A couple of years ago I was fortunate enough to be introduced to Naomi Ewald, who is an expert on all thing freshwater in the New Forest and works for the Freshwater Habitats Trust. Last year she was kind enough to take me to a pond full of medicinal leeches and to a pond to look for tadpole shrimps, where we found some fairy shrimp naupli, but no adults and no tadpole shrimps. Sadly the conditions that year were not right for them to hatch.
This year however there was sufficient rain in August, when temperatures were still high enough for the eggs to hatch, that some appeared in the pond. This pond is the only pond in England and, other than a small group of ponds in Scotland, the only pond in the UK that is home to tadpole shrimps Triops cancriformis. So to see these amazing species, I headed back down to the New Forest to meet up with Naomi (who has the relevant Schedule 5 license). It was a good hour or two of looking by both of us by the time Naomi had found one, but what a wonderful little thing.
It was only a youngster, little over 1cm long with no pigment in its carapace yet.
It was an excellent day and the weather held out long enough, with Naomi demonstrating her patience of a saint, not only in finding these wonderful crustaceans, but waiting for hours as I tried to photograph them in an aquarium outside in the sun, which is surprisingly difficult to do without getting reflections etc!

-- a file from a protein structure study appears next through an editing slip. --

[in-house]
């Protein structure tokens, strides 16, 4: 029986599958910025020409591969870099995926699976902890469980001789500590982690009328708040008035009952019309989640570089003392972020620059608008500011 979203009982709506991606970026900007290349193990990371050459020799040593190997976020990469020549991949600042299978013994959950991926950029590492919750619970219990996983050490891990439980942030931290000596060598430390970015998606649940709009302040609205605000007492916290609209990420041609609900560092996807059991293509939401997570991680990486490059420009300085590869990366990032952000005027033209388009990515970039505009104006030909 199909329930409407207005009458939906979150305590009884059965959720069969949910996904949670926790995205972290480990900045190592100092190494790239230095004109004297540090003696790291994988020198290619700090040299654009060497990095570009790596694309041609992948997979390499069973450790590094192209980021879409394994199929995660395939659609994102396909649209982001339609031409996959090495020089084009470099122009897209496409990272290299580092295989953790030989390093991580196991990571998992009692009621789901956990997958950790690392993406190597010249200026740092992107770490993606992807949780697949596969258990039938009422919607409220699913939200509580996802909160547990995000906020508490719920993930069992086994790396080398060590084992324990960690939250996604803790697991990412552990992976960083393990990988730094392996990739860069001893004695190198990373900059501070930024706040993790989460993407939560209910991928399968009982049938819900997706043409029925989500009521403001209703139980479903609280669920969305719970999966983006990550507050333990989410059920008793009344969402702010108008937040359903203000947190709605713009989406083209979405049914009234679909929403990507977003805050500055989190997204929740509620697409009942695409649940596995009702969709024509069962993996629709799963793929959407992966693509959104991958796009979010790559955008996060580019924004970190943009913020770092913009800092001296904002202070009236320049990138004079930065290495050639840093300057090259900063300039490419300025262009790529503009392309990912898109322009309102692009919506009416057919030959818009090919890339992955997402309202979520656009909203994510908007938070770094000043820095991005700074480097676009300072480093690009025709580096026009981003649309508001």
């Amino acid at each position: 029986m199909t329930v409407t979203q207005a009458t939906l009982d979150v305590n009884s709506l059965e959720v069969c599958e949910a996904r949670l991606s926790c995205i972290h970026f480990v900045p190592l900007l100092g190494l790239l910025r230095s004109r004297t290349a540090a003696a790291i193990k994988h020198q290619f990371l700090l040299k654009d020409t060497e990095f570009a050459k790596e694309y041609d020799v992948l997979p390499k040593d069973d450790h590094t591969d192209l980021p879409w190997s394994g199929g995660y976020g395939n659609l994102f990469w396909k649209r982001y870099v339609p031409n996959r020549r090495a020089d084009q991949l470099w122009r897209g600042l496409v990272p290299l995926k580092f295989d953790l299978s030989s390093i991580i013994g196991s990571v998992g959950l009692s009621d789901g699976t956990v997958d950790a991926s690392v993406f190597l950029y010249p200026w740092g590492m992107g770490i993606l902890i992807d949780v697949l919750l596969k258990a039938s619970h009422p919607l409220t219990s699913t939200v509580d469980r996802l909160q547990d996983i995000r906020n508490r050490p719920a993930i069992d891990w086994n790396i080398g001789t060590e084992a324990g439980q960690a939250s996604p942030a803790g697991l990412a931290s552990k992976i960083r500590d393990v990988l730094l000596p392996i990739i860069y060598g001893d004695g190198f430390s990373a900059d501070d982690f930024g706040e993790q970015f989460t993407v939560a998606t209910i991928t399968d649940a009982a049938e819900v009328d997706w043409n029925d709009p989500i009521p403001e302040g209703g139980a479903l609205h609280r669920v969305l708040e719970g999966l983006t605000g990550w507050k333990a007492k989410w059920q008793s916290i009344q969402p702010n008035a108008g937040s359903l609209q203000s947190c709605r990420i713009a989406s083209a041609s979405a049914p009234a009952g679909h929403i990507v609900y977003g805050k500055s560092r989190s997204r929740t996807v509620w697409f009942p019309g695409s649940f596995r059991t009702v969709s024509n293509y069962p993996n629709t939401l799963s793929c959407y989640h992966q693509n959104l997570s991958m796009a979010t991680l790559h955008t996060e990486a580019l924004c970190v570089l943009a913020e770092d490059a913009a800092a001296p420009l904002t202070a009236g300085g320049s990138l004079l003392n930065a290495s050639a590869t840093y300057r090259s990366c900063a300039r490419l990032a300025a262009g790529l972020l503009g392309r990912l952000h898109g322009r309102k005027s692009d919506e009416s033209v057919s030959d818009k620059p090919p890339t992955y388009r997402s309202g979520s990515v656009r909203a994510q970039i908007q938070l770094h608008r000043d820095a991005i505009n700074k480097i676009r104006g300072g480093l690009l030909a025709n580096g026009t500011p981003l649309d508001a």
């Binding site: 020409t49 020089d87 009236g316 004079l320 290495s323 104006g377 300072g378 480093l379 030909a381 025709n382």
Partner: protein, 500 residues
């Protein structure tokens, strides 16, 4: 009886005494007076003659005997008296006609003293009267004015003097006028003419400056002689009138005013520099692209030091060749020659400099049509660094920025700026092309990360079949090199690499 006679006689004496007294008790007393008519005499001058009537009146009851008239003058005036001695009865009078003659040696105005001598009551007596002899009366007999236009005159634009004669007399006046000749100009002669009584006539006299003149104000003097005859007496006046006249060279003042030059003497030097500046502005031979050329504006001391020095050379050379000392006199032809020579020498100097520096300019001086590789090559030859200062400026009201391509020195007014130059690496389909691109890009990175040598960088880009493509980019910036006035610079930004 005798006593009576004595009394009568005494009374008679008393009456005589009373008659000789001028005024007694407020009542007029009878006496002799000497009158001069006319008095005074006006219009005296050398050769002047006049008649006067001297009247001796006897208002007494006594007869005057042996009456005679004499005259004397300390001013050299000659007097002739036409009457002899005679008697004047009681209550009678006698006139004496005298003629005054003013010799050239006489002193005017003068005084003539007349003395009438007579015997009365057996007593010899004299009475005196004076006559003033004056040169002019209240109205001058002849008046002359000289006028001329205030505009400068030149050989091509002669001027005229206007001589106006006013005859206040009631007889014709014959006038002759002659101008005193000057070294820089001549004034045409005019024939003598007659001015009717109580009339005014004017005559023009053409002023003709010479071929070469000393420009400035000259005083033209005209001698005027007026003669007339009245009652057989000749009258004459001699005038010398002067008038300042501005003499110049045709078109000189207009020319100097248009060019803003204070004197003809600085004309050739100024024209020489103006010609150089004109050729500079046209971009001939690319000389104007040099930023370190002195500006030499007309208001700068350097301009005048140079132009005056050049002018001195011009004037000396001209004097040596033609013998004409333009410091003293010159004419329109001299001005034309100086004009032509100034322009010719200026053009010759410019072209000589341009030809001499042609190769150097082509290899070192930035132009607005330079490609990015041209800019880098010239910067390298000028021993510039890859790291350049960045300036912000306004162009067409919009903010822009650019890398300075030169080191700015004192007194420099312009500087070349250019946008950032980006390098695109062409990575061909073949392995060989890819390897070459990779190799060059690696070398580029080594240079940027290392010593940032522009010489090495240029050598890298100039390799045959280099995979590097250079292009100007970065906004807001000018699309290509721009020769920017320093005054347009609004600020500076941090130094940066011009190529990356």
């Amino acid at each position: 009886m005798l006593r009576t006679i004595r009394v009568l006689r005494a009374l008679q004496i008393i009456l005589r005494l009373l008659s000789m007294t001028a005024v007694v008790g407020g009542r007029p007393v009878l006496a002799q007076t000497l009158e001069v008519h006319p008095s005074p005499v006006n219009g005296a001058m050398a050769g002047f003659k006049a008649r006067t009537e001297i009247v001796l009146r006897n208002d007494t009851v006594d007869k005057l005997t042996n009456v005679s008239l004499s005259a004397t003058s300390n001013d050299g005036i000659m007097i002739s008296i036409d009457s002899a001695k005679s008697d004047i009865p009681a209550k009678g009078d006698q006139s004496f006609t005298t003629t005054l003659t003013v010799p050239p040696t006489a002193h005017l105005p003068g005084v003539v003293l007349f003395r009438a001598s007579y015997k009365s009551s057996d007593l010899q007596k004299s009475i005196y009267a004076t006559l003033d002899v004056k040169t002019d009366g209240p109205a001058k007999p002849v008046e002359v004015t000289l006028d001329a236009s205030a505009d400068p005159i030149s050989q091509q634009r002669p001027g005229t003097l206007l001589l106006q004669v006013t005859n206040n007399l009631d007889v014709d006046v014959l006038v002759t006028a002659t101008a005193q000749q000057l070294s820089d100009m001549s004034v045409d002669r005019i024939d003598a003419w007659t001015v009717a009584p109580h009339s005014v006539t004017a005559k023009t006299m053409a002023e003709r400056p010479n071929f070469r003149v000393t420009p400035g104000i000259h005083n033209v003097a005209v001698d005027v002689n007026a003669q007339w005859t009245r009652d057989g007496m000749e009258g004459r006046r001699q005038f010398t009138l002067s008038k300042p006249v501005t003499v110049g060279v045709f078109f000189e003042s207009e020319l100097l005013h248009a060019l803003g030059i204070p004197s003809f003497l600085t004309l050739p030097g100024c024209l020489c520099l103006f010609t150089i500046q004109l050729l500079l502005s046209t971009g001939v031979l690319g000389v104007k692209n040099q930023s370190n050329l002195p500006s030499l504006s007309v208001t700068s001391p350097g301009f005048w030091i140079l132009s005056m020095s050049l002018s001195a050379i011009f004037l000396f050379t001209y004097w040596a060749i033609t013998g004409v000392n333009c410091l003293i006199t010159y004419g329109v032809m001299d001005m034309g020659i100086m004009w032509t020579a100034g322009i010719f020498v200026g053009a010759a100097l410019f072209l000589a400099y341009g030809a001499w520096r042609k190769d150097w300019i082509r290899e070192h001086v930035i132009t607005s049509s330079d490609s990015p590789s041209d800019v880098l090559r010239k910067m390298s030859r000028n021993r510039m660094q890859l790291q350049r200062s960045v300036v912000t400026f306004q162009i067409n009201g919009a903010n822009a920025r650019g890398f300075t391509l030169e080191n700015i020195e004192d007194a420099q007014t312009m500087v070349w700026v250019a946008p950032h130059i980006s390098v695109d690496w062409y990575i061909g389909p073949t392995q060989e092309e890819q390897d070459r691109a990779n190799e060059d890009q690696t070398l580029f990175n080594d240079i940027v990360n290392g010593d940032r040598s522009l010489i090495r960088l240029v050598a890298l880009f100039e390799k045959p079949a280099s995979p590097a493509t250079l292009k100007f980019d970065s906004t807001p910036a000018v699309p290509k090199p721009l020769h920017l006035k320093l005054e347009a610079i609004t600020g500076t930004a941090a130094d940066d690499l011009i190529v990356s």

It was so good in fact I was back again for more a few weeks later. On my first viist I broke out my Ricoh Wg-4 waterproof compact to try to film fairy shrimps, but as I was focusing my time on getting tadpole shrimp photos, I failed to get any decent footage. So this time I started off trying to film fairy shrimps. I got some footage, but also came across my first in situ tadpole shrimp, and it was a big 8cm long adult! My friend Simon had joined us at this point so there were at least 2 people to witness the gleeful noise I emitted! It was fantastic to finally see one in the wild, a species I ahd read about as a child in the ‘Bugs’ series of magazines, which showed them in a desert pool. I had no idea then that they were in the UK, let alone down the road from somewhere I had stay as a child in the New Forest! Later when I found them in a book on British freshwater life, they went right to the top of my ‘must see list.’
Here is the long cut of the underwater footage I shot of both species. I believe it is the first footage of these 2 species of them actually in their habitat:
They are a very ancient lineage, with fossils of very similar animals going back 200 million years, and some identified as the same species going back over 100 million years! Obviously despite their rarity (in the UK), a very successful and long lived design!
These eggs are very tough. Being specialist of seasonal/temporary pools, the eggs can resist drying out and only hatch when the temperature is warm enough and the water in the pond is only the result fresh rainfall, to ensure the pond is empty of most competition and predators. The eggs can survive for over 100 years in the soil, waiting for the right conditions to hatch.
This species is also a specialist of temporary pools with drought resistant eggs, but seem to not be as picky on the conditions as it is found elsewhere in the Forest and UK, but is still very rare. It will also hatch at much lower temperatures.
All in all the wildlife highlight of the year (well joint 1st with see fen raft spiders – more on them another time).
There is more on the amazing ponds in the New Forest on the Freshwater Habitats Trust blog , an amazing organisation sticking up for and help to conserve the often forgotten freshwater life in the UK,